Oregon Gov. signs more than 50 pieces of legislation
by Bend Weekly News Sources
Bills help protect consumers, expand care for children, enhance public safety and implement the Governor’s Clean Car Initiative
This week Governor Ted Kulongoski signed more than 50 pieces of legislation, including bills designed to strengthen consumer protections, enhance public safety, expand access to dental care for children, codify new tailpipe emissions standards, and provide more assistance to veterans and their families.
Highlights of legislation signed by the Governor this week include:
Strengthening Consumer Protection:
HB 2220: This legislation revises pawnbrokers licenses to require pawnbrokers to keep electronic or written records and allows out-of-state pawnbrokers to aquire an Oregon pawnbroker license.
HB 2941: This expands Oregon’s “Lemon Law,” which requires an authorized car dealer to correct any problems a consumer may discover, to include cars purchased in another state. The legislation also establishes a 14-day deadline for a vehicle dealer to finalize or reject a transaction when a vehicle is purchased through financing.
SB 195: Under this legislation, unemployed Oregonians can re-qualify for unemployment insurance only if the job they held in the interim qualified for unemployment insurance, either in Oregon or in another state.
Enhancing Public Saftety:
HB 2334: This legislation changes requirements for persons qualified to receive a concealed handgun license. The bill prohibits persons who have been required to register as a sex offender in any state, have received a dishonorable discharge from the Armed Forces or have been convicted of an offense involving controlled substances or participated in a drug diversion program for obtaining such a license.
HB 2765: This bill requires the Department of Public Safety Standards and Training to requires peace officers to receive at least 24 hours of mental illness recognition training using a crisis intervention training model.
SB 892: This creates a youth hunter mentoring program, in which a person between the age of nine and 14 can hunt when in the presence of a supervisory hunter who is at least 21 years of age. The supervisory hunter must hold all appropriate licenses, tags and permits and only one lawful hunting weapon that must be carried by the adult.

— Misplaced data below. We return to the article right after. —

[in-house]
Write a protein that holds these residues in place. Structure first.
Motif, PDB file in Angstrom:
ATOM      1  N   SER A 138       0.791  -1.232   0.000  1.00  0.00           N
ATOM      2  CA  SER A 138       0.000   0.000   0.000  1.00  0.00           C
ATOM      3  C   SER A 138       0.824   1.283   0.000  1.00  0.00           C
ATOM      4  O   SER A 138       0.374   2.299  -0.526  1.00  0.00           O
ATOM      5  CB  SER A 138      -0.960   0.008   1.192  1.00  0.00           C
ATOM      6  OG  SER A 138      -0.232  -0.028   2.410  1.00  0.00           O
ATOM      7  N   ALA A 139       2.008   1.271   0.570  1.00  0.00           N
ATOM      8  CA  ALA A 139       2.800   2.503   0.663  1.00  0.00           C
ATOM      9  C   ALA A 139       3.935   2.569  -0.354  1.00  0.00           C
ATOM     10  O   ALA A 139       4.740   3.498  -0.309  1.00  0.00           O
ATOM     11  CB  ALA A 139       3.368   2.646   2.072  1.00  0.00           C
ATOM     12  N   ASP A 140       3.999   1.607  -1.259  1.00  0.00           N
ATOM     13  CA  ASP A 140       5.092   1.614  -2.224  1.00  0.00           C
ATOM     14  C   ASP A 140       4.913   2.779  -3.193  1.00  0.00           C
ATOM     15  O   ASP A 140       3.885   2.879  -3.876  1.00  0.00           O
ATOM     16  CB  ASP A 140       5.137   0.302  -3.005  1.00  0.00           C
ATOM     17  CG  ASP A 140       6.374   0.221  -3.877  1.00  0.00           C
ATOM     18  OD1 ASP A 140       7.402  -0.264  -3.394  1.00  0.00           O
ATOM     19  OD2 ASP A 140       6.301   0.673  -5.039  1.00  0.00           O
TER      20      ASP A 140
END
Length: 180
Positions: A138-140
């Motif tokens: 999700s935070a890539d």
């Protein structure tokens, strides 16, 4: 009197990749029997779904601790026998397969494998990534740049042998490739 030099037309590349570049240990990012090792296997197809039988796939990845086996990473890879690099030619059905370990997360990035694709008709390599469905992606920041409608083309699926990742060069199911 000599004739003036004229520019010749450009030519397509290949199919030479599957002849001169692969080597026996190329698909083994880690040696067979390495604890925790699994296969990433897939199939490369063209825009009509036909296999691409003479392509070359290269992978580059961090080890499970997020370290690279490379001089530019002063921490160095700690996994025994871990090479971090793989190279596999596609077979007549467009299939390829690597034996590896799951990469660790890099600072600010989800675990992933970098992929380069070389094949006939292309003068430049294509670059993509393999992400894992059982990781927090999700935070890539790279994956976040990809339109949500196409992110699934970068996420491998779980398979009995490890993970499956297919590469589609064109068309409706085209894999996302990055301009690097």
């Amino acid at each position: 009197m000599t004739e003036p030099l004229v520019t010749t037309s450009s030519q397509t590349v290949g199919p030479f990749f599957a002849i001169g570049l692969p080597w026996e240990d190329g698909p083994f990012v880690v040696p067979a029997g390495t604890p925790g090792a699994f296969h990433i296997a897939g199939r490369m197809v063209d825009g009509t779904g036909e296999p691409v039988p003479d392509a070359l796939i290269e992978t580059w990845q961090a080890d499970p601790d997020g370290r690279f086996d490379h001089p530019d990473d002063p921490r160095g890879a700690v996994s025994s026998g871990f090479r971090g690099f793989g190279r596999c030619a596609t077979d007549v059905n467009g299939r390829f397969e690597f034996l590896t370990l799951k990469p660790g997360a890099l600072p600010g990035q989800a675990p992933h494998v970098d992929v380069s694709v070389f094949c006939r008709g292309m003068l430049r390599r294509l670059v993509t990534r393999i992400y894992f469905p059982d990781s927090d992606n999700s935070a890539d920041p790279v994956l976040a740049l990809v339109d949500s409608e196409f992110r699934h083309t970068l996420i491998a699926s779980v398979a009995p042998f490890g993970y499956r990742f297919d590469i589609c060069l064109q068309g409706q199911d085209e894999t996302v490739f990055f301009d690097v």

Expanding Access to Dental Care for Children:
HB 2867: This legislation provides easier access to dental services for patients enrolled in the Women, Infants and Children (WIC) program, the Oregon pre-kindergarten program and Head Start by allowing dental hygienists to apply sealants and fluoride without the supervision of a dentist.
Enacting Clean Cars Initiative:
HB 2272: This legislation requires that new vehicles, beginning with the model year 2009, must comply with low emission standards consistant with the Environmental Quality Commission in order to register the vehicle. In addition, the bill authorizes the Oregon Department of Transportation to deny registration to 2009 or later model year vehicles that do not comply with the new standards. This bill codifies the tailpipe emissions rules that the Oregon’s Environmental Quality Commission (EQC) adopted in June 2006 requiring that new vehicles meet California auto emission standards.
Providing More Assistance for Oregon's Veterans:
HB 2162: Under this legislation, outreach services provided by the county veterans’ service officers must be extended to include the survivors of veterans.
HB 2937: This bill requires the Department of Veterans’ Affairs to provide veterans with educational materials on diagnosis, treatment and prevention of Hepatitis C.
Other highlights of legislation signed by the Governor include:
SB 73: This bill prohibits a person collecting voter registration cards or collecting signatures for the purpose of nominating a candidate for public office from receiving money based on the number of signed voter registration cards or signatures collected.
SB 198: This legislation helps regulate higher education institutions, also called “diploma mills” that operate without the supervision of a state or professional agency, or issue fake diplomas. This excludes schools that offer degrees in theology or religious occupations and schools making reasonable progress toward accreditation.
SB 341: This bill requires tissue and eye banks to be regulated by the Food and Drug Administration, and it requires health care facilities to obtain tissue or corneas from registered and regulated tissue or eye banks.
SB 490: This legislation bans virtual hunting, or remotely controlling a weapon for the purpose of hunting game, bird, wildlife or mammals through the World Wide Web or other Internet protocols.
2594 times read
Did you enjoy this article?
(total 5 votes)